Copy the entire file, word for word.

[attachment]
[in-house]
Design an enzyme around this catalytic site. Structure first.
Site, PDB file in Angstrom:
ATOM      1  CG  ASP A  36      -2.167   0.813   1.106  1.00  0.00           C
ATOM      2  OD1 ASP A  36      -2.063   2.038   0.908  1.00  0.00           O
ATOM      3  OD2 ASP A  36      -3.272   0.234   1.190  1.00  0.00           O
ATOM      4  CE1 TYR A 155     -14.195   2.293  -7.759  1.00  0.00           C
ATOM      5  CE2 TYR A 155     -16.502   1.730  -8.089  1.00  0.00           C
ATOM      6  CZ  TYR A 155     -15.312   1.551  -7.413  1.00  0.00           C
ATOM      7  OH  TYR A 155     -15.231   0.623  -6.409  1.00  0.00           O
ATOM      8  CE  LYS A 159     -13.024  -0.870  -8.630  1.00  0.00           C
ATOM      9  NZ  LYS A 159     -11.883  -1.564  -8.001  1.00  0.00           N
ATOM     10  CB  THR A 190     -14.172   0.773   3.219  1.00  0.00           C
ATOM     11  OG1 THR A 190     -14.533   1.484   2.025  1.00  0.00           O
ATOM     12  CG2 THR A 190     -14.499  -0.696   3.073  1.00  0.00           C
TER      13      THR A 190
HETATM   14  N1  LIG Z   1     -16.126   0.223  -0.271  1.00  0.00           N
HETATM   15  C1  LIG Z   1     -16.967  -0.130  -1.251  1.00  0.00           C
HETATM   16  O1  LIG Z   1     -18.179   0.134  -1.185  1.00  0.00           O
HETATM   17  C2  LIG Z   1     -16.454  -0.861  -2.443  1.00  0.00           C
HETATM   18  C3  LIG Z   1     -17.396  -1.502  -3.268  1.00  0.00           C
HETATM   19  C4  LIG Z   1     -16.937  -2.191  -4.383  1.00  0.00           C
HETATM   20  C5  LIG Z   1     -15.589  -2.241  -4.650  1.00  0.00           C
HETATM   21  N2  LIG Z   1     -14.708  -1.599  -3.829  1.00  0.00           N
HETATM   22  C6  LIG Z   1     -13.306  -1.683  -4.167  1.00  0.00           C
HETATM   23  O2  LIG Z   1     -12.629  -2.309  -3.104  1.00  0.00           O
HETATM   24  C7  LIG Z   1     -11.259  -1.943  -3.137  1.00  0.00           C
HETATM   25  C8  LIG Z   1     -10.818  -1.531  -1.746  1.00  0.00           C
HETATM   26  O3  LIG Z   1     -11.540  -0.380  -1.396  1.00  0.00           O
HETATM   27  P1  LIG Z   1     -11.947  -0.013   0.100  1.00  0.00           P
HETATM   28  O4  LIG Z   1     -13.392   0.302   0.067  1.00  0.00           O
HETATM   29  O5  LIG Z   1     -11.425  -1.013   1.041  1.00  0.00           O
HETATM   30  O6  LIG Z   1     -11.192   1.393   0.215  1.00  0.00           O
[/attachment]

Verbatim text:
[in-house]
Design an enzyme around this catalytic site. Structure first.
Site, PDB file in Angstrom:
ATOM      1  CG  ASP A  36      -2.167   0.813   1.106  1.00  0.00           C
ATOM      2  OD1 ASP A  36      -2.063   2.038   0.908  1.00  0.00           O
ATOM      3  OD2 ASP A  36      -3.272   0.234   1.190  1.00  0.00           O
ATOM      4  CE1 TYR A 155     -14.195   2.293  -7.759  1.00  0.00           C
ATOM      5  CE2 TYR A 155     -16.502   1.730  -8.089  1.00  0.00           C
ATOM      6  CZ  TYR A 155     -15.312   1.551  -7.413  1.00  0.00           C
ATOM      7  OH  TYR A 155     -15.231   0.623  -6.409  1.00  0.00           O
ATOM      8  CE  LYS A 159     -13.024  -0.870  -8.630  1.00  0.00           C
ATOM      9  NZ  LYS A 159     -11.883  -1.564  -8.001  1.00  0.00           N
ATOM     10  CB  THR A 190     -14.172   0.773   3.219  1.00  0.00           C
ATOM     11  OG1 THR A 190     -14.533   1.484   2.025  1.00  0.00           O
ATOM     12  CG2 THR A 190     -14.499  -0.696   3.073  1.00  0.00           C
TER      13      THR A 190
HETATM   14  N1  LIG Z   1     -16.126   0.223  -0.271  1.00  0.00           N
HETATM   15  C1  LIG Z   1     -16.967  -0.130  -1.251  1.00  0.00           C
HETATM   16  O1  LIG Z   1     -18.179   0.134  -1.185  1.00  0.00           O
HETATM   17  C2  LIG Z   1     -16.454  -0.861  -2.443  1.00  0.00           C
HETATM   18  C3  LIG Z   1     -17.396  -1.502  -3.268  1.00  0.00           C
HETATM   19  C4  LIG Z   1     -16.937  -2.191  -4.383  1.00  0.00           C
HETATM   20  C5  LIG Z   1     -15.589  -2.241  -4.650  1.00  0.00           C
HETATM   21  N2  LIG Z   1     -14.708  -1.599  -3.829  1.00  0.00           N
HETATM   22  C6  LIG Z   1     -13.306  -1.683  -4.167  1.00  0.00           C
HETATM   23  O2  LIG Z   1     -12.629  -2.309  -3.104  1.00  0.00           O
HETATM   24  C7  LIG Z   1     -11.259  -1.943  -3.137  1.00  0.00           C
HETATM   25  C8  LIG Z   1     -10.818  -1.531  -1.746  1.00  0.00           C
HETATM   26  O3  LIG Z   1     -11.540  -0.380  -1.396  1.00  0.00           O
HETATM   27  P1  LIG Z   1     -11.947  -0.013   0.100  1.00  0.00           P
HETATM   28  O4  LIG Z   1     -13.392   0.302   0.067  1.00  0.00           O
HETATM   29  O5  LIG Z   1     -11.425  -1.013   1.041  1.00  0.00           O
HETATM   30  O6  LIG Z   1     -11.192   1.393   0.215  1.00  0.00           O